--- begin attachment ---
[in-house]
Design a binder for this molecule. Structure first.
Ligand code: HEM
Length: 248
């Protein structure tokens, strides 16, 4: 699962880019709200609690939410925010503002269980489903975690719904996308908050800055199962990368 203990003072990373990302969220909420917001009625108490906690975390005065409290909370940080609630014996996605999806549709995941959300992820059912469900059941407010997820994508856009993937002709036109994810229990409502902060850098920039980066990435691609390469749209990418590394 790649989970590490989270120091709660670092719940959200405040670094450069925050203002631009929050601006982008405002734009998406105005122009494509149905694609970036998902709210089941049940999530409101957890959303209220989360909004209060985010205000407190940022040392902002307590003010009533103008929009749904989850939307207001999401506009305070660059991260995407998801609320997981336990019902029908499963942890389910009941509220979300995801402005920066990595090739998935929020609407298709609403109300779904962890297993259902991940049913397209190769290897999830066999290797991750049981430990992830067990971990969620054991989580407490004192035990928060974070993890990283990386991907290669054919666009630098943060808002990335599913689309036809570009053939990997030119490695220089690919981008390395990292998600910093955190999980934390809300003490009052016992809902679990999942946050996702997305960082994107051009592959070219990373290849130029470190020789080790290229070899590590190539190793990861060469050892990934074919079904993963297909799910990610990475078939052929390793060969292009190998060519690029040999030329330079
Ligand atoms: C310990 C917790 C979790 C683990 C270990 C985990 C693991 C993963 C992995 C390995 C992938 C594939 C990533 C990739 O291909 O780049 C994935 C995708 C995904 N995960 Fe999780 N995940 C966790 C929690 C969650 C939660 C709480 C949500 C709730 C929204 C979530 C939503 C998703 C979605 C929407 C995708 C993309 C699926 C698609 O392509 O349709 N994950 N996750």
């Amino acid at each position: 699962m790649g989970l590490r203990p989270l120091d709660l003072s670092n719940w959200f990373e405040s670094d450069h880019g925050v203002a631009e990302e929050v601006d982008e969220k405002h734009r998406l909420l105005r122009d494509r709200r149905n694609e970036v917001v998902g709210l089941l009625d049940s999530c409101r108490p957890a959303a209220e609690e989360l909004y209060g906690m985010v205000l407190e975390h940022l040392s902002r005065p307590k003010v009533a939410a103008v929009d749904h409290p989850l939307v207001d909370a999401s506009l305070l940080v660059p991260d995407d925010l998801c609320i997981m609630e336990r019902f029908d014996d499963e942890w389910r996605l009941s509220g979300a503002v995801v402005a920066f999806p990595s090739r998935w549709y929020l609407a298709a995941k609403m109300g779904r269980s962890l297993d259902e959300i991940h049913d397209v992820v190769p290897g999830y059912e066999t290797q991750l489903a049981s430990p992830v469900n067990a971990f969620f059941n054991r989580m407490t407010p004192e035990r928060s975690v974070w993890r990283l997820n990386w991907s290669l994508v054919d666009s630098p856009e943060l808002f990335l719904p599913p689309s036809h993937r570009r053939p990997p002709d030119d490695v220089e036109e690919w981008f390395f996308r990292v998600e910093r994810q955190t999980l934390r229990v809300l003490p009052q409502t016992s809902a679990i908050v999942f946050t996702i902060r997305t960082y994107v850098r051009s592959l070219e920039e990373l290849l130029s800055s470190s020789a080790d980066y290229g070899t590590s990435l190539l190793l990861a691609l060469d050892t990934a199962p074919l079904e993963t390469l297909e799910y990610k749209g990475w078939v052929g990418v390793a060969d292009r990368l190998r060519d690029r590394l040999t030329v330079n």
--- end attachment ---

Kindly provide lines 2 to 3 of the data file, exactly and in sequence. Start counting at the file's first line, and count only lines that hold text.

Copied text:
Design a binder for this molecule. Structure first.
Ligand code: HEM